## Abstract

Persistence of motion is the tendency of an object to maintain motion in a direction for short time scales without necessarily being biased in any direction in the long term. One of the most appropriate mathematical tools to study this behavior is an agent-based velocity-jump process. In the absence of agent-agent interaction, the mean-field continuum limit of the agent-based model (ABM) gives rise to the well known hyperbolic telegraph equation. When agent-agent interaction is included in the ABM, a strictly advective system of partial differential equations (PDEs) can be derived at the population level. However, no diffusive limit of the ABM has been obtained from such a model. Connecting the microscopic behavior of the ABM to a diffusive macroscopic description is desirable, since it allows the exploration of a wider range of scenarios and establishes a direct connection with commonly used statistical tools of movement analysis. In order to connect the ABM at the population level to a diffusive PDE at the population level, we consider a generalization of the agent-based velocity-jump process on a two-dimensional lattice with three forms of agent interaction. This generalization allows us to take a diffusive limit and obtain a faithful population-level description. We investigate the properties of the model at both the individual and population levels and we elucidate some of the models' key characteristic features. In particular, we show an intrinsic anisotropy inherent to the models and we find evidence of a spontaneous form of aggregation at both the micro- and macroscales.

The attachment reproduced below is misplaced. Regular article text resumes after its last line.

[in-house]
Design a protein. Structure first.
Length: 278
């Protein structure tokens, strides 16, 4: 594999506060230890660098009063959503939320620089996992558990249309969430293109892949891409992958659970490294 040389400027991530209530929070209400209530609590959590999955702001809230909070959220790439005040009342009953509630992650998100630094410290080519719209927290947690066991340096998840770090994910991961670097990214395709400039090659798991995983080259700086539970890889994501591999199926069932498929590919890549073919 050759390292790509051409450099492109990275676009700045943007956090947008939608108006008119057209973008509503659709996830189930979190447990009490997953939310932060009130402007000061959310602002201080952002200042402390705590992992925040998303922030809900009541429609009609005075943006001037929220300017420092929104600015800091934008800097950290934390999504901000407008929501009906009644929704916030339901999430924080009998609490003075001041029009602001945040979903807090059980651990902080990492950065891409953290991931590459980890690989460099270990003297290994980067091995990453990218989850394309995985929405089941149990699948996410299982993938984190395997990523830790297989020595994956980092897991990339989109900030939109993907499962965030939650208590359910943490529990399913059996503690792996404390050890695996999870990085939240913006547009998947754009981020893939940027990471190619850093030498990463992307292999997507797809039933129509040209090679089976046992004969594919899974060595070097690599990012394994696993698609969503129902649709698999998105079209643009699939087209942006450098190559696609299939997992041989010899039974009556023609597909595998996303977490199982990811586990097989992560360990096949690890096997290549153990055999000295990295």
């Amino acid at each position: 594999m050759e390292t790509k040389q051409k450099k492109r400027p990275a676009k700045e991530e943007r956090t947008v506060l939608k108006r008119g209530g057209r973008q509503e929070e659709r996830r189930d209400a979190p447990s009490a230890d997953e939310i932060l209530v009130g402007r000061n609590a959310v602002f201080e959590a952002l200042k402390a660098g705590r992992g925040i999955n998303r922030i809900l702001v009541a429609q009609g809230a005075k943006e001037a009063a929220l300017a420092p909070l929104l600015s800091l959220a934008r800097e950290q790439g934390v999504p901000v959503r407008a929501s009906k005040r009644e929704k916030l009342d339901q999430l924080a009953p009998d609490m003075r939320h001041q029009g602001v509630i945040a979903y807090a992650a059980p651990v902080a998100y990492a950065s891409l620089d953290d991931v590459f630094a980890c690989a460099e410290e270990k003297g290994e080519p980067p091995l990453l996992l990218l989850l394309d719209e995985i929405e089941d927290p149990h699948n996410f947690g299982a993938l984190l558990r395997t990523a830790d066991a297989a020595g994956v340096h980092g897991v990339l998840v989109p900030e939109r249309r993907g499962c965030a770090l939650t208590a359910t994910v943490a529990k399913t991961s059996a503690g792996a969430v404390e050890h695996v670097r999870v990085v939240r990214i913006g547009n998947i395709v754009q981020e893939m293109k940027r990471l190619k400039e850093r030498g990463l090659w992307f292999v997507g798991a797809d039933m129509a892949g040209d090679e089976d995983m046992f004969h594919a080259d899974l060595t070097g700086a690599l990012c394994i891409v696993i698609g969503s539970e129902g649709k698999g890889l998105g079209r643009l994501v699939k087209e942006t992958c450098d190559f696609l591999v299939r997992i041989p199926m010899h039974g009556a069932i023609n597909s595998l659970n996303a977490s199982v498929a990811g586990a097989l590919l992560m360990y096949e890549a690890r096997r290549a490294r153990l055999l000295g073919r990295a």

Original language | English |
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Article number | 032416 |

Journal | Physical Review E |

Volume | 97 |

Issue number | 3 |

DOIs | |

Publication status | Published - 26 Mar 2018 |

## Keywords

- persistence
- velocity-jump process
- exclusion process
- on-lattice
- spontaneous aggregation
- collective behaviour

## ASJC Scopus subject areas

- Modelling and Simulation
- Applied Mathematics
- Condensed Matter Physics
- Cell Biology